I highly recommend the Three-Body Problem and its sequel The Dark Forest. Both are rational science fiction in the sense that the plots and character motivations seem internally consistent and follow the book's premises. Much of the book is about the characters (and reader) logically reasoning through what is going on, so I can't describe the plot without giving away spoilers. Although there is no magic in the book, if you enjoyed HPMOR, I would bet that you will like these two books.

Comment author: lmm 06 January 2016 11:45:22PM 1 point [-]

I hated Three-Body Problem. I found it incredibly slow and unrewarding (and I never got how ~200 intelligent people in a game called three-body problem somehow don't figure out that the game's about the three-body problem). Partly the dangers of hype, but I really don't think it's very good.

Comment author: Curiouskid 04 December 2015 08:37:46PM *  10 points [-]

Probably people have seen this before, but I really like it:

People often say that motivation doesn't last. Well, neither does bathing, that's why we recommend it daily.

-Zig Ziglar

Comment author: lmm 13 December 2015 05:43:51PM 1 point [-]

I don't see the point. The whole point of "motivating doesn't last" is "you will only be able to sustain effort if there is something in your day-to-day that motivates you to continue, not some distant ideal.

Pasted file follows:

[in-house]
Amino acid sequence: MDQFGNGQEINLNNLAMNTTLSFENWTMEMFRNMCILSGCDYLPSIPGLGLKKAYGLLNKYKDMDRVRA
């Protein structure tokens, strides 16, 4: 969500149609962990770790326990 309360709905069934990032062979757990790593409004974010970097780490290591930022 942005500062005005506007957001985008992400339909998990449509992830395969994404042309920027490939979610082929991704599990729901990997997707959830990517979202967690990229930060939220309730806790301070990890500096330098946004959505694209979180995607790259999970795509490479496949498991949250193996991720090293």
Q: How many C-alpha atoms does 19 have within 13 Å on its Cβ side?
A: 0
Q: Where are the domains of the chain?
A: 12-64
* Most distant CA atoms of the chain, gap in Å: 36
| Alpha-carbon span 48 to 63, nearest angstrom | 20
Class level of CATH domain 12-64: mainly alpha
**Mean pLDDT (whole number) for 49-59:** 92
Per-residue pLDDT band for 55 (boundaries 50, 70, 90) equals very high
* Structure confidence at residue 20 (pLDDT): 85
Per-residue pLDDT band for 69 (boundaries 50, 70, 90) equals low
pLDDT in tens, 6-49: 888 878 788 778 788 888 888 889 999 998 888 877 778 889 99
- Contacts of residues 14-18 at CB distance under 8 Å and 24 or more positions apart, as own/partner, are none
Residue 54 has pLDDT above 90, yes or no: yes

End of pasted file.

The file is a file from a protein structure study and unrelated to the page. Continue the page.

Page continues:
In response to LessWrong 2.0
Comment author: lmm 05 December 2015 10:14:49AM 6 points [-]

There's a reason why CFAR has workshops instead of writing articles and books.

Is there? Given that this community seems to be quite skeptical about the value of e.g. university over self-teaching from textbooks, what's the rationale for that format?

In response to LessWrong 2.0
Comment author: V_V 04 December 2015 10:58:04AM 10 points [-]

My two cents:

  • Merge Main and Discussion

  • Make new content more visible. Right now the landing page, and in particular the first screen, mostly consists of boilerplate. You have to scroll or click in order to view if new content has been posted. In the current attention scarce era of Facebook and Twitter streams, this is not ideal.

  • Discourage/ban Open threads. They are an unusual thing to have on a an open forum. They might have made sense when posting volume was higher, but right now they further obfuscate valuable content.

In response to comment by V_V on LessWrong 2.0
Comment author: lmm 05 December 2015 10:12:26AM 8 points [-]

Discourage/ban Open threads. They are an unusual thing to have on a an open forum. They might have made sense when posting volume was higher, but right now they further obfuscate valuable content.